By the late 1960s Blackpool's Transport Department had woken up to the fact that crew costs were killing its finances (among other demands). Whilst many, if not most other, municipal transport systems had converted routes to one man operated buses, Blackpool lagged well behind this trend which had started the previous decade. In fact Blackpool peversely kept on ordering double deck rear platform buses from 1957 through to 1968 building up a substantial fleet of obsolete and uneconomic vehicles.
In 1969 the light dawned at Rigby Road and following demonstration of a one man operated single deck bus provided by Leeds City Transport, the Council approved immediate delivery of similar types of vehicle. A total of fifty four examples arrived at Rigby Road in the four years thereafter, displacing many (but not all) of the rear platform Leyland Titans. This dramatic switch brought about similar intention for the year round tram service to Fleetwood. New trams were out of the question, so in time honoured fashion Rigby Road Works were commissioned to modify a single deck tram capable of being operated by one man/person.
Brush car 638 was selected for this brave experiment and in due course presented to the press (but not the public) in a gleaming all cream paint job similar to the standard appearance of Blackpool's new single deck bus fleet. Almost immediately faults were found in the design. The new front entrance was far too narrow, whilst the driver had to turn sharply to his left to collect fares, give change and issue tickets; while at the same time keeping an eye on the centre doors which were used for exiting passengers. Large mirrors had been installed to aid these essential safeguards but standing passengers would inevitably impair the driver's vision.
Critically the Unions forbade BCT Members from operating the new one man tram which brought about an abrupt end to this brave new world for 638. It would revert to crew operation very quickly with front entrances panelled over and retaining some of the interior modifications.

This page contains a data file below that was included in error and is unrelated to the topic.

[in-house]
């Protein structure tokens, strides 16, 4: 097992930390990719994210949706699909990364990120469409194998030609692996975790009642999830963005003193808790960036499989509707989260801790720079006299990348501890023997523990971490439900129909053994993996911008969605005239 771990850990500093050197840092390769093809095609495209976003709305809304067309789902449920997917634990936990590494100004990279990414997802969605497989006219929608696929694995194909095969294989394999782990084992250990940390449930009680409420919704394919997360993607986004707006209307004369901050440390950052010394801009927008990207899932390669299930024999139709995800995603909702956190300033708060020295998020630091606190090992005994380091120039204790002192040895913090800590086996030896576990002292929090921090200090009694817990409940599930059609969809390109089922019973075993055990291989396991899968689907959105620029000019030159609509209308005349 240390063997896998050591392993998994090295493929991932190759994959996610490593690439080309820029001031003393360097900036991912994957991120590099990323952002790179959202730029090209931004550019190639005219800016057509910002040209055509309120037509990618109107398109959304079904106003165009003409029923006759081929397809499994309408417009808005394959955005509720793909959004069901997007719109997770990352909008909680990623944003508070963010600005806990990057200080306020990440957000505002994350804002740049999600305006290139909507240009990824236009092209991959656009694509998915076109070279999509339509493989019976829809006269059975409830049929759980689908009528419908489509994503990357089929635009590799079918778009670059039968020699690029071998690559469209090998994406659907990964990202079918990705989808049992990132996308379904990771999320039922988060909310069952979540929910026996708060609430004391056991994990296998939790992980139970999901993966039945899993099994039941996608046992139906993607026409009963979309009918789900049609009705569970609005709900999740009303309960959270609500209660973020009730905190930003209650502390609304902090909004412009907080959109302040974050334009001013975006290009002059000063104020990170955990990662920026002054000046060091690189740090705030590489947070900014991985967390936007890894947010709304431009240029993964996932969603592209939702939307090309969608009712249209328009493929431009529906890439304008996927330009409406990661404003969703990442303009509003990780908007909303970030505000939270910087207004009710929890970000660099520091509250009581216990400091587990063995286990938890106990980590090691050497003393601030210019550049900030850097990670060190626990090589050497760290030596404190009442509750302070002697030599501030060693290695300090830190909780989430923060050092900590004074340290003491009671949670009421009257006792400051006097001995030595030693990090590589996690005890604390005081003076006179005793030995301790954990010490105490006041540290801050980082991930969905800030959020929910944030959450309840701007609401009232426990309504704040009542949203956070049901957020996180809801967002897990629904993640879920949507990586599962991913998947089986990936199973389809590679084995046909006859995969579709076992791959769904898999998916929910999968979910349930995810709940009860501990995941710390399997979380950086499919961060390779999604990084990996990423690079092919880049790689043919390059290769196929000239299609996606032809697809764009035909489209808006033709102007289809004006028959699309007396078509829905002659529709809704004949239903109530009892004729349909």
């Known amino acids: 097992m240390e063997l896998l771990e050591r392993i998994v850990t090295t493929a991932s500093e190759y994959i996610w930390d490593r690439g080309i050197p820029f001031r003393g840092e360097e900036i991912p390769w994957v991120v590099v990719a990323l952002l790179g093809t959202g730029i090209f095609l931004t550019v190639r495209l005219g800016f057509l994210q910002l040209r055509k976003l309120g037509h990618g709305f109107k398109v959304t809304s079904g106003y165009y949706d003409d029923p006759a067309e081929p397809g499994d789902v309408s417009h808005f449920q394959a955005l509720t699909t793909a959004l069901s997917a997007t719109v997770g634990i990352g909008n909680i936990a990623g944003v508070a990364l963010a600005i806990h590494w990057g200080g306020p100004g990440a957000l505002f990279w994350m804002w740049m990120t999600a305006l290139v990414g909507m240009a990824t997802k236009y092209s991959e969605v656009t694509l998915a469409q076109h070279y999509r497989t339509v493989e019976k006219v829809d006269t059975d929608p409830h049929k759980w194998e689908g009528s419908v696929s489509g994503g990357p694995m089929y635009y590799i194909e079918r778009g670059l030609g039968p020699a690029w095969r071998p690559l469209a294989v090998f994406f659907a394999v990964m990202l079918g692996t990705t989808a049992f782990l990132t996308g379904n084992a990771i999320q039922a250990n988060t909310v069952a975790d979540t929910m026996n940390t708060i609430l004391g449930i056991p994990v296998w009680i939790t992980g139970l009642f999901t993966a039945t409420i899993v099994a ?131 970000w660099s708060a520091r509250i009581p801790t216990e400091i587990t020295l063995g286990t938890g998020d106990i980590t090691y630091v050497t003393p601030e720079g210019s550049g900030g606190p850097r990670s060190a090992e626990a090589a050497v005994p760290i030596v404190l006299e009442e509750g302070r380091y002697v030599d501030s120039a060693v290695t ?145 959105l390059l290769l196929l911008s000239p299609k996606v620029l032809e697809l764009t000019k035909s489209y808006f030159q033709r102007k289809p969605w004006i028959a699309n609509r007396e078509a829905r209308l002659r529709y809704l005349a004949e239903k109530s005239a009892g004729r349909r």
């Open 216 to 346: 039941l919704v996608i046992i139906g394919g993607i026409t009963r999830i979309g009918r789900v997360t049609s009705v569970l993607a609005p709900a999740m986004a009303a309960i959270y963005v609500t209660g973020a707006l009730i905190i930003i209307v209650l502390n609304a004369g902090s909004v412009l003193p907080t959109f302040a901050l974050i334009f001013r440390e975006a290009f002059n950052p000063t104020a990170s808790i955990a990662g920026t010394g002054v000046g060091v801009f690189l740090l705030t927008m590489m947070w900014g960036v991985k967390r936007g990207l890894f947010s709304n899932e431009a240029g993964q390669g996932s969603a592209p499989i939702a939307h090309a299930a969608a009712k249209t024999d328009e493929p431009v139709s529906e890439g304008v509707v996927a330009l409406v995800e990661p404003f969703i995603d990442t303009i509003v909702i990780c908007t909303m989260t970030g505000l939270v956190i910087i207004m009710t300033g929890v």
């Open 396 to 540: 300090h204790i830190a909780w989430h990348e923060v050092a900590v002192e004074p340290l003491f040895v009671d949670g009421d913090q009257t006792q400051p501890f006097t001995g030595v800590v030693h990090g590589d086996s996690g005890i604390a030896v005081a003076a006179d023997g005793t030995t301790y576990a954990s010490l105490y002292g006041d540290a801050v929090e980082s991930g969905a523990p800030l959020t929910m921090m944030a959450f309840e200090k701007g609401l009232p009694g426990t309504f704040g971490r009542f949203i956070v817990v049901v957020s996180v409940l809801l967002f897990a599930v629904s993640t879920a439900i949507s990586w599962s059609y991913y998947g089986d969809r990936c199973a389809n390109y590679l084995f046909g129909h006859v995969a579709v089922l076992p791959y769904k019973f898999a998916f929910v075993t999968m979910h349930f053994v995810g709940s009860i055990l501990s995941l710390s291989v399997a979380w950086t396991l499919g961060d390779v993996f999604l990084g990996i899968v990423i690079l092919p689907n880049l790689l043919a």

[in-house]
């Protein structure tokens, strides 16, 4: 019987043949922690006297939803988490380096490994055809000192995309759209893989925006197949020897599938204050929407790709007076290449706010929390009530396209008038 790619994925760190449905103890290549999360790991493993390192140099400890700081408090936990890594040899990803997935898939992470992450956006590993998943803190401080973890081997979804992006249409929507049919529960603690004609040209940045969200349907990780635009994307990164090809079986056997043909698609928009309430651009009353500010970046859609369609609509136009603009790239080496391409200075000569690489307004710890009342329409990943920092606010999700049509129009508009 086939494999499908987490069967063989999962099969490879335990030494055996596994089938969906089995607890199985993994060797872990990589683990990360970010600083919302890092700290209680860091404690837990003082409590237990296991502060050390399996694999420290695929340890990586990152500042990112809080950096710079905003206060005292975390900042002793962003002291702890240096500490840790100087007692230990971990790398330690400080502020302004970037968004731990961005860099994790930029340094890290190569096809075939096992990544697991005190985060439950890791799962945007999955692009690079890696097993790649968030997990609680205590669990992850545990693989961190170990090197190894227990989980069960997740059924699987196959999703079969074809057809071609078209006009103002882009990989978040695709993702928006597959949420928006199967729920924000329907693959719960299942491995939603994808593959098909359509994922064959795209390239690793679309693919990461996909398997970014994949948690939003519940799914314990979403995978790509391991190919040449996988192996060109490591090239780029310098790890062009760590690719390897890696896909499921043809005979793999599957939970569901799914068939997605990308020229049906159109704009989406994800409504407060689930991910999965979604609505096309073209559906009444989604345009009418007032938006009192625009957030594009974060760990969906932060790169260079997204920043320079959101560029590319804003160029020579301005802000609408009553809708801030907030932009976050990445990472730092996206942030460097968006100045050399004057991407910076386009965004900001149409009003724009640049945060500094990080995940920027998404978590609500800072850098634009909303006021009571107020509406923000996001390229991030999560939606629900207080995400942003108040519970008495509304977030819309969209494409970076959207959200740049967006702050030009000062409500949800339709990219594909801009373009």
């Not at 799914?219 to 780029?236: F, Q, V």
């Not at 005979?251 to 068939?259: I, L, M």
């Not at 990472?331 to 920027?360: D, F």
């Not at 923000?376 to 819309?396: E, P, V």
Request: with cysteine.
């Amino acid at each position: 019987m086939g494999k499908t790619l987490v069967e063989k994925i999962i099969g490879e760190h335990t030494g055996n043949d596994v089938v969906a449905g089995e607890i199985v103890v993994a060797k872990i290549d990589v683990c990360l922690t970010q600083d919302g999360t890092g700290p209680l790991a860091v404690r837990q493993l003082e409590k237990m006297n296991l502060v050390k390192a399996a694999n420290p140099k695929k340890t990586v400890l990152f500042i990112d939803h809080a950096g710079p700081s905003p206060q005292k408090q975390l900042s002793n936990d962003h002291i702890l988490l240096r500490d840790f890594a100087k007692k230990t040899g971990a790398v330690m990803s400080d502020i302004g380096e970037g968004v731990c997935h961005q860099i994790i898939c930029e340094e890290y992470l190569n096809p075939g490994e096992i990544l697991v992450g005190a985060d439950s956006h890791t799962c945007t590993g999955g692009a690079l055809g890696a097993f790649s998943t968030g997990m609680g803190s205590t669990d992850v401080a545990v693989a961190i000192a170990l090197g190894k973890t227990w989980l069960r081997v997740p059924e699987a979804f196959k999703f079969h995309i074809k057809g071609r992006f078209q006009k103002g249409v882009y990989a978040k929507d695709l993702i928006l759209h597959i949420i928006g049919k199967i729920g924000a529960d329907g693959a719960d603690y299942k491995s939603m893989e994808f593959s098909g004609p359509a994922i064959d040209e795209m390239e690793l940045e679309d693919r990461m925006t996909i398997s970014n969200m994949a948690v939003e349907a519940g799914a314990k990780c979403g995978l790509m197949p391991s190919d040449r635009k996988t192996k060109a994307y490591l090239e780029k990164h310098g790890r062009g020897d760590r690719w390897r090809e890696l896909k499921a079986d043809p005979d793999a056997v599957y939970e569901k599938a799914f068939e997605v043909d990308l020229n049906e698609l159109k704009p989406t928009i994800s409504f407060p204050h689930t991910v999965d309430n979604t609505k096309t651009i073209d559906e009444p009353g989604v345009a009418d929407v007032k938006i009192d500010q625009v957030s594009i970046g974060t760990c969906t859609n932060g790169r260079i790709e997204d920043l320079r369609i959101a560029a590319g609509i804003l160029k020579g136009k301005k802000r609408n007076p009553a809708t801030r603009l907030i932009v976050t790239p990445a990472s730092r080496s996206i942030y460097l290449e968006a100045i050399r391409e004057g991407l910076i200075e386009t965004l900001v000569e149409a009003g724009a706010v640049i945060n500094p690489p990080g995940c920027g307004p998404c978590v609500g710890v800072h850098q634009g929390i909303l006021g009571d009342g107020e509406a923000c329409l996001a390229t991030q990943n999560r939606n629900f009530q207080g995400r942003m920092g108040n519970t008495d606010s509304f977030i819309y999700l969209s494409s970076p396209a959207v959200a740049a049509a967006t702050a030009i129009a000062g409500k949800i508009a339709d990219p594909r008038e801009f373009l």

Number 638 caused lessons to be learned (as they say). A second attempt which included consultation with Union representatives on the staff saw a far more improved design which became the OMO class 1 to 13 from 1972 to 1976. These were followed of course by experimental cars 761(1979) and 762 (1982). In 1984 Blackpool commissioned a totally new tram for one man operation. This turned out to be 641, arriving that year as forerunner of a class of eight similar trams which provided year round service to Fleetwood. EU and UK disability access legislation obliged a further rethink that included possibility of modifying the seven remaining trailer units to low floor design but still as control trailers.
This was not to be. Light rail low floor access was the order of the day - and the ensuing 2012 Bombardier Flexities took over the Fleetwood service. Ironically these were designed to avoid the driver being able to take fares - being isolated in the end cabins. The length and peak time usage on these trams means two roving conductors are needed - in similar manner to the Balloon cars and Twin Sets.
Now going back to 1969 we glimpse briefly this brave new world for Blackpool's tramway with 638 on a test run. Image copyright : John Woodman Archive